Achieving Israeli Victory
with Martin Sherman
By Daniel Pipes
Israel National News
May 14, 2017
call for Israel victory has prompted Martin Sherman, executive
director of the Israel Institute for Strategic Studies, to write a trilogy of
serious and constructive critiques (here,
for Israel National News. This is how an idea is improved, so I thank him.
response, I shall first recapitulate my thesis, then answer his reservations.
argument: Nearly thirty years of "peace process" has left
Palestinian-Israeli relations worse than when they started; therefore, further
attempts (such as those Donald
Trump is now initiating) are a fool's errand. Compromise and
"painful concessions" do not end conflicts; rather, history shows, one
side giving up does so.
the Palestinian will to fight will be neither easy nor pleasant; but the only
alternative is Israel's disappearance. Palestinian acceptance of Israel hollows
out anti-Zionism and will eventually prompt other Arabs and Muslims also to move
on. Defeat will hugely benefit the Palestinians, who can finally end their
destructive focus on the Jewish state and instead begin to build their own
polity, economy, society, and culture.
goal is to convince Washington to let Israel win; once this is achieved,
Israelis can work out in detail how to attain this goal. Toward this end, the
Middle East Forum, the organization I head, has worked with House members to
start a Congressional Israel Victory Caucus to urge the president – this one
or a future one – to adopt the Israel victory approach.
response, Sherman calls the conceptual foundations of my approach
"eminently sound" and deems the Congressional caucus a "decidedly
welcome and timely" development. Turning then from kudos to caveats,
however, he challenges my approach on five grounds:
What constitutes victory?
Sherman asks 13 probing questions about the nature of victory (sample: How many
Palestinian casualties would Israel need to inflict to achieve victory?). My
reply: Valid and useful as these questions are, my goal is to change the
foundation of U.S. policy, not to work out Israeli tactics. It's premature to
deal with the details he raises. Plus, I am an American foreign policy analyst,
not an Israeli colonel.
everywhere. Sherman notes that the Middle East being full of enemies of the
Jewish state makes it more difficult to convince Palestinians that the game is
over, that Israel is permanent, and that their side lost. My reply: Yes,
living in a sea of anti-Zionism does render Israel's job more difficult. But
when Palestinians do finally give up the fight against Israel, their centrality
to the conflict will enfeeble anti-Zionism from Morocco to Indonesia and from
Molenbeek to Dearborn. That shift won't happen instantly, to be sure; but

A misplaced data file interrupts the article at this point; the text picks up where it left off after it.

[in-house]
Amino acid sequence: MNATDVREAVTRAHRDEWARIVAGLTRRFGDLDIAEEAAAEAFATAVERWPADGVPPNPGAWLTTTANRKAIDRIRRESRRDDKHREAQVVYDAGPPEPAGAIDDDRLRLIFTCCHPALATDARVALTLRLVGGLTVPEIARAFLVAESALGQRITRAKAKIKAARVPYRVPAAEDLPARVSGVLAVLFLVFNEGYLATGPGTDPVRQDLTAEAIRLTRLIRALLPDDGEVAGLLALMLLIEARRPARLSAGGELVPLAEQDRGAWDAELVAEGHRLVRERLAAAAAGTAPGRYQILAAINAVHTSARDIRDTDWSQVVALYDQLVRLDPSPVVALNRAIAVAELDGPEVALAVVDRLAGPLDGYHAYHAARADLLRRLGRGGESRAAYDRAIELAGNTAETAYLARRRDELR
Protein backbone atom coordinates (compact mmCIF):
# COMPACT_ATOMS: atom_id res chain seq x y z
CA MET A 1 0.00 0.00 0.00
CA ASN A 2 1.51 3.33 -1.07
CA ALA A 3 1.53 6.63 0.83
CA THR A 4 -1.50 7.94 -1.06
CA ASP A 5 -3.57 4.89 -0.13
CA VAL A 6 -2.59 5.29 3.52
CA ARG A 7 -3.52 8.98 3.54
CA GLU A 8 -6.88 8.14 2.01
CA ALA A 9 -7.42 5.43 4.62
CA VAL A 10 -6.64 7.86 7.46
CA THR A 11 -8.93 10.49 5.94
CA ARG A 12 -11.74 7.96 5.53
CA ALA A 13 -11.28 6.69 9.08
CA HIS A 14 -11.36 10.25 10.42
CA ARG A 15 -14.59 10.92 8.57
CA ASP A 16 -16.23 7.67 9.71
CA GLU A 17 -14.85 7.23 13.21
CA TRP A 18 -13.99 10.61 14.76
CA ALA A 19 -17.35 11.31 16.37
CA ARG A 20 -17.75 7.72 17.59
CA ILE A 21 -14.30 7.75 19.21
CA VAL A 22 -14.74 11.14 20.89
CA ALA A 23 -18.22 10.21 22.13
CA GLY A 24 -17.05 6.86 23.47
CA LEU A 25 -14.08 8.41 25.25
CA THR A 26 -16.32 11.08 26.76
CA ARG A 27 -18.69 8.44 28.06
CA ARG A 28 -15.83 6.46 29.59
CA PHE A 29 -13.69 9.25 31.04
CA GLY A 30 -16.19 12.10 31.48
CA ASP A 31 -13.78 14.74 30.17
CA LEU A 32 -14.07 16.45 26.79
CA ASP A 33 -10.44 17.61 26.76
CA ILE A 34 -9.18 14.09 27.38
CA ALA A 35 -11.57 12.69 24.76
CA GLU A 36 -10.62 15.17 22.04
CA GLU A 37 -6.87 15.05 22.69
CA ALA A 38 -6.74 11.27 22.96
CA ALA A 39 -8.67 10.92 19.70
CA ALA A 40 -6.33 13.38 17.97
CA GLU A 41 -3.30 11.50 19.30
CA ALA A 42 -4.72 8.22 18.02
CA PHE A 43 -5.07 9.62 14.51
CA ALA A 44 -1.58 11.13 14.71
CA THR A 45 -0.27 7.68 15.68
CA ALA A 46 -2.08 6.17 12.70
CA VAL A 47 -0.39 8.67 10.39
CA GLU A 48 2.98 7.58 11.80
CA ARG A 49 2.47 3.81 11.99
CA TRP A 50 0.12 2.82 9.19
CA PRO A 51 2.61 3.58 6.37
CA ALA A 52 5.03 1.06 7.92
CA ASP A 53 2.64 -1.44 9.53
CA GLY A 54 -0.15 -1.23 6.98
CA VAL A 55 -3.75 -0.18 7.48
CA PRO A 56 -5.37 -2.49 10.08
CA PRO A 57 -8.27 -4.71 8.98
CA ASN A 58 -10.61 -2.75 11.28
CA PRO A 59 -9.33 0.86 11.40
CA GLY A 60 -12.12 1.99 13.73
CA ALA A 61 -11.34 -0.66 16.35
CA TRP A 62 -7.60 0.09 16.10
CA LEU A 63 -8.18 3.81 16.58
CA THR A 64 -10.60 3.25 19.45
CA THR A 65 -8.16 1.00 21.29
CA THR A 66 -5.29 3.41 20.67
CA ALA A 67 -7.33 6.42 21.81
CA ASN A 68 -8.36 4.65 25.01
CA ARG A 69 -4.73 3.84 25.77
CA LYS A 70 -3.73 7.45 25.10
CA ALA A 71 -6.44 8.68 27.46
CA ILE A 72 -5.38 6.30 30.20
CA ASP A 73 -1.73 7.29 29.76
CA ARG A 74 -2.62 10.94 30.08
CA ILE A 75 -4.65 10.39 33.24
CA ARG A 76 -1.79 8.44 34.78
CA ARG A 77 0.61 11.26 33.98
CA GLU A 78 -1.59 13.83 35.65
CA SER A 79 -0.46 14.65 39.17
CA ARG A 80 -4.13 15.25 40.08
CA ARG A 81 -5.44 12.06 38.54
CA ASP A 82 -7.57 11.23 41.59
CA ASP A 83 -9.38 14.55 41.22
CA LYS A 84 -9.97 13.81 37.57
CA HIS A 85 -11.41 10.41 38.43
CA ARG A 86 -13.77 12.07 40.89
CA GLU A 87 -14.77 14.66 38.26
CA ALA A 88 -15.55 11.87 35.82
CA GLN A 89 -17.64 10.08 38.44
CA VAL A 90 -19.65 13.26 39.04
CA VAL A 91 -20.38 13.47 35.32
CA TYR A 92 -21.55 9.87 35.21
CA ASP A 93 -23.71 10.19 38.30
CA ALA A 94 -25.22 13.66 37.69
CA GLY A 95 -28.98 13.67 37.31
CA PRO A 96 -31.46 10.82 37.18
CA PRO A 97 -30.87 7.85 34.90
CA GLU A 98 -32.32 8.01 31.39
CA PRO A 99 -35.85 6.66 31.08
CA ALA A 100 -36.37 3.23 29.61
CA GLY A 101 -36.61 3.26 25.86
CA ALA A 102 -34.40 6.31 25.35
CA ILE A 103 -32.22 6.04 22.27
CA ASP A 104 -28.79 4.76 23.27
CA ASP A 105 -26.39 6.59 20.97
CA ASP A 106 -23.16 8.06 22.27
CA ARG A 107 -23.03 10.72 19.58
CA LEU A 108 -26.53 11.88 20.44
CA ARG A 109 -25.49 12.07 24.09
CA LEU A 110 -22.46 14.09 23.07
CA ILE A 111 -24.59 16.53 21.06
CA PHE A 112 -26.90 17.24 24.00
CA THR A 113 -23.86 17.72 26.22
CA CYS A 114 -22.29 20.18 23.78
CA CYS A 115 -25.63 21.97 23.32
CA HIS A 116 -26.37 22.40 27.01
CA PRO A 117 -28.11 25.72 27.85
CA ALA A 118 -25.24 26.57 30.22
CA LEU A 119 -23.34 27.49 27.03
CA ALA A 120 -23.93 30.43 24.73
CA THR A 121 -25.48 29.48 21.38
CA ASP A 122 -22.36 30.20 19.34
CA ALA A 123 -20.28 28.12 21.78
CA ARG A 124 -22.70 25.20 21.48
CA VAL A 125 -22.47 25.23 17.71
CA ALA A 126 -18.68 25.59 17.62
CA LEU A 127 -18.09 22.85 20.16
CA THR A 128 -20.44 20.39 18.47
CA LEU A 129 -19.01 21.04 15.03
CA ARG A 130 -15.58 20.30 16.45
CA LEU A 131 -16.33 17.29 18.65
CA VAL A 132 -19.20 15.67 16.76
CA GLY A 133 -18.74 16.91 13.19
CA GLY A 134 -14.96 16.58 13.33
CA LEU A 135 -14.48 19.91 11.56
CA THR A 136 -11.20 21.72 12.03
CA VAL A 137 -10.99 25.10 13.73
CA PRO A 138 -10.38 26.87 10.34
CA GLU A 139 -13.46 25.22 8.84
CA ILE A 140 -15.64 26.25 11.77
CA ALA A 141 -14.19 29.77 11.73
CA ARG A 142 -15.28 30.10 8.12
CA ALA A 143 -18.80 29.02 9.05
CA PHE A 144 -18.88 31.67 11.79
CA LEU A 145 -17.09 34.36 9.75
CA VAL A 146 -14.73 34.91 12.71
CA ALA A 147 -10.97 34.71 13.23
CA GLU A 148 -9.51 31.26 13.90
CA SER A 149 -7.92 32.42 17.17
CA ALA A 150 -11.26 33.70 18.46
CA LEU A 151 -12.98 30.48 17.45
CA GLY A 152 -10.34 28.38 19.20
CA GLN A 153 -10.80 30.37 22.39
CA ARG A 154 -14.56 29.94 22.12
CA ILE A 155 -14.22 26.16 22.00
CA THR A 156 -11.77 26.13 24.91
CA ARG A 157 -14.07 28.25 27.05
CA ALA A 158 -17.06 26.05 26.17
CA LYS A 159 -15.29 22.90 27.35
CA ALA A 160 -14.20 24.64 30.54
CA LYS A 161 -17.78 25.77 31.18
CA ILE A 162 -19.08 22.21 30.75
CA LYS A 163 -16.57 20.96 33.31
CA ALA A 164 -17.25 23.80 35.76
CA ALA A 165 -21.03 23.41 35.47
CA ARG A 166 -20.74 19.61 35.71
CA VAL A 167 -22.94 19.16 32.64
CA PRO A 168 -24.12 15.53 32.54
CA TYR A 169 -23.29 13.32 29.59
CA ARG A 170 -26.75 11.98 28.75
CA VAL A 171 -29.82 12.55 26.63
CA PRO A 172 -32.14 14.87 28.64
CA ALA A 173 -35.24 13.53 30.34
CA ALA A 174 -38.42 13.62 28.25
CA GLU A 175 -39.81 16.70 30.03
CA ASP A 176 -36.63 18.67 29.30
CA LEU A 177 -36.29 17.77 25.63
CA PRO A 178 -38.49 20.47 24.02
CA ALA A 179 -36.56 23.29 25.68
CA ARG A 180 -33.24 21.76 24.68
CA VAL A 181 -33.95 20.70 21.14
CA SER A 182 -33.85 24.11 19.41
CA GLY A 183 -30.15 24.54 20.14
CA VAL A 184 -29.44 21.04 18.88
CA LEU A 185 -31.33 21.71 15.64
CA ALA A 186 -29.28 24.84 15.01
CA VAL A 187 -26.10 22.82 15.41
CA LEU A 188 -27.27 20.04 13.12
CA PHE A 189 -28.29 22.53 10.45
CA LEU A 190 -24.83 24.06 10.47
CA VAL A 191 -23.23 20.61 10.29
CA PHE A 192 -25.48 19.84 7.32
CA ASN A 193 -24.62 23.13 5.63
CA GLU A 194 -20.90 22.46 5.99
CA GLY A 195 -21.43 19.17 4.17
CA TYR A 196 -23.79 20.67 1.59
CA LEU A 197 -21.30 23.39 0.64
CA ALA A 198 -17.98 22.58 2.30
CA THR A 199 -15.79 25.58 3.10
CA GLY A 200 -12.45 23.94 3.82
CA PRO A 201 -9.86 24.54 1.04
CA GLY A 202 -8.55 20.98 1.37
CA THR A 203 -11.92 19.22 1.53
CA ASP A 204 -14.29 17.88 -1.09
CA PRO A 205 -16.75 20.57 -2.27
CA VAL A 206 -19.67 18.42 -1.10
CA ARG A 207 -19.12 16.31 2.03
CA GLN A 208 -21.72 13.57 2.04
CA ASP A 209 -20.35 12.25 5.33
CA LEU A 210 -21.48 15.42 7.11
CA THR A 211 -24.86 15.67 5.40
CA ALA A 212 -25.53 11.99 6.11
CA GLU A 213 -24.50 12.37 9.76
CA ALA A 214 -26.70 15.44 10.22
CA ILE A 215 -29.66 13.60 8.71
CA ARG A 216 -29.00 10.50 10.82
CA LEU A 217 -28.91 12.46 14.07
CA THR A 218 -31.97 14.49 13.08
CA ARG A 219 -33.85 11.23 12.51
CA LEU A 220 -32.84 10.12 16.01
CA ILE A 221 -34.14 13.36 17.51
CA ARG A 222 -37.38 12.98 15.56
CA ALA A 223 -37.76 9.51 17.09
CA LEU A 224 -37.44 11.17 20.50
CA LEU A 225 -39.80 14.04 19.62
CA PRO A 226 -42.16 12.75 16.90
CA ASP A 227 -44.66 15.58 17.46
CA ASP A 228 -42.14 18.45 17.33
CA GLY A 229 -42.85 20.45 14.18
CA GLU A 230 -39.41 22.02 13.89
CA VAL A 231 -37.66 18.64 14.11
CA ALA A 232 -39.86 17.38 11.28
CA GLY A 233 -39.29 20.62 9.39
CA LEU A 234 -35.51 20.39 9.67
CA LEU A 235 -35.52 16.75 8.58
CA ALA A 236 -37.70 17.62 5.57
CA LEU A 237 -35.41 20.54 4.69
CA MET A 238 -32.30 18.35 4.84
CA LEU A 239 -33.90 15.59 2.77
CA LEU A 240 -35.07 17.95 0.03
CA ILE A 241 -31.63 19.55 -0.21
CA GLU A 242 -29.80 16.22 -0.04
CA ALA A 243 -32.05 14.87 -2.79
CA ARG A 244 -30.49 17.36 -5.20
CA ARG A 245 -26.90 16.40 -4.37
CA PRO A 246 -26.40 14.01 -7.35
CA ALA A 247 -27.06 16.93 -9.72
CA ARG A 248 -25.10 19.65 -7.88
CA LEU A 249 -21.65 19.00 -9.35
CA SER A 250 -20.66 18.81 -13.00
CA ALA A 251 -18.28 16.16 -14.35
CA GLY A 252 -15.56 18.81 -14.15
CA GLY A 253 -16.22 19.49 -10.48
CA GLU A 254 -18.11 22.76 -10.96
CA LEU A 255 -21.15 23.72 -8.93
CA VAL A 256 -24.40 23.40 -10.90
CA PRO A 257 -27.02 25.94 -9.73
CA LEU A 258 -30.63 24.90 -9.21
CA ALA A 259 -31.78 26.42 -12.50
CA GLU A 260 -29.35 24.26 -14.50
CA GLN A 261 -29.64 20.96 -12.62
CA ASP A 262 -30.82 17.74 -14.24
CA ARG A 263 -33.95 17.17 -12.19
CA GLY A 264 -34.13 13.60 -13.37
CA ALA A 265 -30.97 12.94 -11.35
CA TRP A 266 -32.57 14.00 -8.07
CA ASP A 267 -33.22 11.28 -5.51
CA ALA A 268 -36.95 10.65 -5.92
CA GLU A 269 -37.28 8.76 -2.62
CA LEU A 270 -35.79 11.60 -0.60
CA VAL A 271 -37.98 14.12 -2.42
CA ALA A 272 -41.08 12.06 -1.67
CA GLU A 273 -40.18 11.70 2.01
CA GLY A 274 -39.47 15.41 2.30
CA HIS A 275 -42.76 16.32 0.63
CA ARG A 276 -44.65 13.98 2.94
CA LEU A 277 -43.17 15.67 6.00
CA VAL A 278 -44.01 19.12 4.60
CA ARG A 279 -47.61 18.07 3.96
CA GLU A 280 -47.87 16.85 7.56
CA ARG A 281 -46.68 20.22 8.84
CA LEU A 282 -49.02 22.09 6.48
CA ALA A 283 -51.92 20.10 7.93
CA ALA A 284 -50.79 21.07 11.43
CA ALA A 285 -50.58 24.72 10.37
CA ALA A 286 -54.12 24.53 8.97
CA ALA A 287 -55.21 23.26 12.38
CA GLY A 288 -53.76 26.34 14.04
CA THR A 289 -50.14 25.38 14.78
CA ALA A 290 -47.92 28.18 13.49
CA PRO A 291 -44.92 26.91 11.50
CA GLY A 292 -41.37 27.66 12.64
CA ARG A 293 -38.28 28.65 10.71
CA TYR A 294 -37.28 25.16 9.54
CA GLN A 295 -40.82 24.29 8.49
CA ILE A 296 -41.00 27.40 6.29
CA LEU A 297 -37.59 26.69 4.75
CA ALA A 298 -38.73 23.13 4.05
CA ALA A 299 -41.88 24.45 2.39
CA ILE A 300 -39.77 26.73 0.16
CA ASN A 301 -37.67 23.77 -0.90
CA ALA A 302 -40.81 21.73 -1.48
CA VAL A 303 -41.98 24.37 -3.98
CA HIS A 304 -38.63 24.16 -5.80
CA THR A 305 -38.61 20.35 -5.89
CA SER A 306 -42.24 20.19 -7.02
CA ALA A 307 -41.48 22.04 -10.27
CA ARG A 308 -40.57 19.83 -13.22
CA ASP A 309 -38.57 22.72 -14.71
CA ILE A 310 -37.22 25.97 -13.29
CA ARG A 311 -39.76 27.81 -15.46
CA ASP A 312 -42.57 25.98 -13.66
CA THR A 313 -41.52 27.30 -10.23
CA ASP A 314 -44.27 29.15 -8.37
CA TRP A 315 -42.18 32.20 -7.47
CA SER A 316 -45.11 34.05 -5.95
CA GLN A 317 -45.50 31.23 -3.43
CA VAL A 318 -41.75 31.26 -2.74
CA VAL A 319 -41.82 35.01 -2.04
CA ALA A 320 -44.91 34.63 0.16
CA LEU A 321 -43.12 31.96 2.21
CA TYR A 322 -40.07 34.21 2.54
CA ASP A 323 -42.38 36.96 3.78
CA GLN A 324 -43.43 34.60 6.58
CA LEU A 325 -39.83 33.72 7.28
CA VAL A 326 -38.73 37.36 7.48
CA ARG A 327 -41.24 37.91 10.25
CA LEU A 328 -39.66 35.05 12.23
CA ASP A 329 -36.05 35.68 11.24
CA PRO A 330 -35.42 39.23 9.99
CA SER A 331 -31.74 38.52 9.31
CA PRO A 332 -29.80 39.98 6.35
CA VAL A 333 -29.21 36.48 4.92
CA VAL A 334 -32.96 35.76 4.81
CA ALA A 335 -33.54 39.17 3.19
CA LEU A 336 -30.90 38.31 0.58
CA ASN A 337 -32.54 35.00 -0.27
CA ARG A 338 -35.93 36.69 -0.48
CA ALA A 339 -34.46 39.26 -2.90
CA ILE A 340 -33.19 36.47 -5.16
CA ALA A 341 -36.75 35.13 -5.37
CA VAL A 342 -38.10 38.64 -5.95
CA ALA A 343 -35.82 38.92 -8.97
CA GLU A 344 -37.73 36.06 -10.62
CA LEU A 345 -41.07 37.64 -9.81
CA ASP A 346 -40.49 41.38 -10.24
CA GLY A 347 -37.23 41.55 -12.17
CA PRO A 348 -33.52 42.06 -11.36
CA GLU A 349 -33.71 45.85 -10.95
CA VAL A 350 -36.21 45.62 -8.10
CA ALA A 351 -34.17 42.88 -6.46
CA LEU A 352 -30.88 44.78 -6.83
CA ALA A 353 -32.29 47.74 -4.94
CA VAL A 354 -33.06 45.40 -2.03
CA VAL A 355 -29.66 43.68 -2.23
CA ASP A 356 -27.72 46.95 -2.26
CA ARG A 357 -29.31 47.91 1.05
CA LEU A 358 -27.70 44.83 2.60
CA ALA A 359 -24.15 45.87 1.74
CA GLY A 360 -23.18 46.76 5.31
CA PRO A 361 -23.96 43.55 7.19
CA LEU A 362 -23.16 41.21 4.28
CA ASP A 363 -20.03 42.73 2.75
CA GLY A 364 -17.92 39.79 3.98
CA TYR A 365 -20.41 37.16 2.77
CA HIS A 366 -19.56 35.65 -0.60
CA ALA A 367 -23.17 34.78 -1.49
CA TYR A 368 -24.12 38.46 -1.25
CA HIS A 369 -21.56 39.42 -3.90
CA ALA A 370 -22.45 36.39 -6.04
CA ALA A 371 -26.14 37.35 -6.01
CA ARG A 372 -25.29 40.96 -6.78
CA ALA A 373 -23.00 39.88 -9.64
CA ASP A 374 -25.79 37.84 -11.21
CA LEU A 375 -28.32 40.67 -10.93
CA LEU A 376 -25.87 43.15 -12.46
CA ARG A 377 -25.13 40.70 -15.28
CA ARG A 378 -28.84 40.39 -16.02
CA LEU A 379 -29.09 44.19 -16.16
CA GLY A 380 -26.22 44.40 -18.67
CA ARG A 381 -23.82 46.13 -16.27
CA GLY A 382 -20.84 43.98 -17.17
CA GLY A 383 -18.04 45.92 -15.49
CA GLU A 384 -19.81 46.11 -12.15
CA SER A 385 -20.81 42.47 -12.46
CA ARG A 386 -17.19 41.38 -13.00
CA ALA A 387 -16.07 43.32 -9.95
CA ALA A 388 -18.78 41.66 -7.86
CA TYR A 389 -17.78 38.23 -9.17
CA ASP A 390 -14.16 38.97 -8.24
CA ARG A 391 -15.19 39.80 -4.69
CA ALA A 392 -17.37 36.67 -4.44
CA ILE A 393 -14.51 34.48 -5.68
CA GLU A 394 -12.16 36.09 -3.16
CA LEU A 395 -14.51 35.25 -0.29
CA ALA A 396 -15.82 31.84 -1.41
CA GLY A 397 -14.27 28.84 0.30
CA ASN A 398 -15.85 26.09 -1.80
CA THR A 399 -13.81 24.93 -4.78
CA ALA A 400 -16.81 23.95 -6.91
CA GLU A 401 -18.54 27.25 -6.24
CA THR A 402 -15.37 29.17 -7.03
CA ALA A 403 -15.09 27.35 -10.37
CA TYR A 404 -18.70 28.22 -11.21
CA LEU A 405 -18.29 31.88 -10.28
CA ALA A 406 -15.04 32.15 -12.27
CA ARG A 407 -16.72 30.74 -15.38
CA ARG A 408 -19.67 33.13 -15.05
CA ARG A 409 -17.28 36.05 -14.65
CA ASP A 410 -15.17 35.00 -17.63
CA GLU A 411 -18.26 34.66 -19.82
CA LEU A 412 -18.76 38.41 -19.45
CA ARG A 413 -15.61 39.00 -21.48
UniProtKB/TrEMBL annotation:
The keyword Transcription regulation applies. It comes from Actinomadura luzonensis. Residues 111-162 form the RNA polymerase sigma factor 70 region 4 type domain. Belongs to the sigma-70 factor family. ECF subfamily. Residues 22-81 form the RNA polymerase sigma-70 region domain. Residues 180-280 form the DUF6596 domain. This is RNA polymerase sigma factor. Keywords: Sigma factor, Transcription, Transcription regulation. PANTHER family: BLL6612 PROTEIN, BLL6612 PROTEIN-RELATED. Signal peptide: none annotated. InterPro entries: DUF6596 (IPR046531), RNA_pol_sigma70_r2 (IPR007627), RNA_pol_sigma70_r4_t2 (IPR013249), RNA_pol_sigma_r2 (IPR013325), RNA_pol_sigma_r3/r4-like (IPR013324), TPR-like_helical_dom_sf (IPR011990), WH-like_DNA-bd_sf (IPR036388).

sustaining a more-Catholic-than-the-pope position gets harder over time. A
Palestinian defeat marks the beginning of the end of the wider Arab and Muslim
war on Israel.
Palestine – ever: Because he sees the anticipation of a Palestinian
state undermining Israel's victory. Sherman wants Israeli leaders to announce a
permanent rejection of "Palestine." My reply: To the contrary,
the allure of a state after the conflict ends offers benefits to both sides.
Israelis will be free of ruling unwanted subjects. Palestinians have a reason to
"Humanitarian Paradigm": This is Sherman's alternative
to victory. It consists of two steps: (1) Israel's government withdrawing
recognition of the twin Palestinian regimes and cutting off all trade and
services to them (water, electricity, fuel, postal services, communications,
port facilities, tax collection or remittances) followed by (2) its offering
Palestinians sufficient money to convince them voluntarily to leave for "a
better, safer life elsewhere" in the world. My reply: Due to intense
nationalism, even stronger social pressure, and likely threats of violence, I
highly doubt this scheme will find significant numbers of takers, but it's
certainly worth a try.
the "Palestinian narrative": Sherman notes the widespread
international acceptance of the anti-Israel line and points to Israel's
incompetence at getting out its own message of renewal and achievement. He calls
for a $1 billion annual budget really to make the Zionist case. My reply:
Good idea. Maybe the new Abba
Eban will turn up.
Summing up, Sherman and I directly disagree on only one point –
Israel accepting the possibility of a Palestinian state. Otherwise, it's a
matter of timing, nuance, and emphasis. I'm encouraged that we agree on so much
and look forward to working together to promote an goal whose time has come: